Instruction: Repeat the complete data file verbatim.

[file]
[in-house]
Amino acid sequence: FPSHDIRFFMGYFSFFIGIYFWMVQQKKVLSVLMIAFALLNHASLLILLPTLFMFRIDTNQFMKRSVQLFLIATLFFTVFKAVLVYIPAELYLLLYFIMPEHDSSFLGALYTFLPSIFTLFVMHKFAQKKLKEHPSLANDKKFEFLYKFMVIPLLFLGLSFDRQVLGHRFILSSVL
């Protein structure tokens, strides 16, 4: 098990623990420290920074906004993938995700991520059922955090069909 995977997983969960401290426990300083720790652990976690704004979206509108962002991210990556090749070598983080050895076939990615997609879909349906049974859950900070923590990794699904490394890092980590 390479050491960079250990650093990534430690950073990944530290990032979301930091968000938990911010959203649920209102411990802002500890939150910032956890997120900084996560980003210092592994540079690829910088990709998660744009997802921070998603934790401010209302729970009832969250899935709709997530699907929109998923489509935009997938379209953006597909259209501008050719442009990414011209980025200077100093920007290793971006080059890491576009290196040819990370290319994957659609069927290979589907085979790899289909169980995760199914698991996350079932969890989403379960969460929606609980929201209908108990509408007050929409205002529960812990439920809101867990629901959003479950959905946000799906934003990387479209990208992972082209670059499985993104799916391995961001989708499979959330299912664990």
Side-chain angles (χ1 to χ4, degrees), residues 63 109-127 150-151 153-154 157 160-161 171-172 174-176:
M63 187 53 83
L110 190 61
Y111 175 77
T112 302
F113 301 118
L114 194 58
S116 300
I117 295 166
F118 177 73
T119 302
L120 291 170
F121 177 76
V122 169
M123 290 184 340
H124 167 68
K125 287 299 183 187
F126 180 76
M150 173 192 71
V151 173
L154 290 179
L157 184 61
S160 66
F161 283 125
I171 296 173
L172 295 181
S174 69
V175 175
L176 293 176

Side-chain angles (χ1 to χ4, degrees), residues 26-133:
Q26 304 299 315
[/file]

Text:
[in-house]
Amino acid sequence: FPSHDIRFFMGYFSFFIGIYFWMVQQKKVLSVLMIAFALLNHASLLILLPTLFMFRIDTNQFMKRSVQLFLIATLFFTVFKAVLVYIPAELYLLLYFIMPEHDSSFLGALYTFLPSIFTLFVMHKFAQKKLKEHPSLANDKKFEFLYKFMVIPLLFLGLSFDRQVLGHRFILSSVL
């Protein structure tokens, strides 16, 4: 098990623990420290920074906004993938995700991520059922955090069909 995977997983969960401290426990300083720790652990976690704004979206509108962002991210990556090749070598983080050895076939990615997609879909349906049974859950900070923590990794699904490394890092980590 390479050491960079250990650093990534430690950073990944530290990032979301930091968000938990911010959203649920209102411990802002500890939150910032956890997120900084996560980003210092592994540079690829910088990709998660744009997802921070998603934790401010209302729970009832969250899935709709997530699907929109998923489509935009997938379209953006597909259209501008050719442009990414011209980025200077100093920007290793971006080059890491576009290196040819990370290319994957659609069927290979589907085979790899289909169980995760199914698991996350079932969890989403379960969460929606609980929201209908108990509408007050929409205002529960812990439920809101867990629901959003479950959905946000799906934003990387479209990208992972082209670059499985993104799916391995961001989708499979959330299912664990």
Side-chain angles (χ1 to χ4, degrees), residues 63 109-127 150-151 153-154 157 160-161 171-172 174-176:
M63 187 53 83
L110 190 61
Y111 175 77
T112 302
F113 301 118
L114 194 58
S116 300
I117 295 166
F118 177 73
T119 302
L120 291 170
F121 177 76
V122 169
M123 290 184 340
H124 167 68
K125 287 299 183 187
F126 180 76
M150 173 192 71
V151 173
L154 290 179
L157 184 61
S160 66
F161 283 125
I171 296 173
L172 295 181
S174 69
V175 175
L176 293 176

Side-chain angles (χ1 to χ4, degrees), residues 26-133:
Q26 304 299 315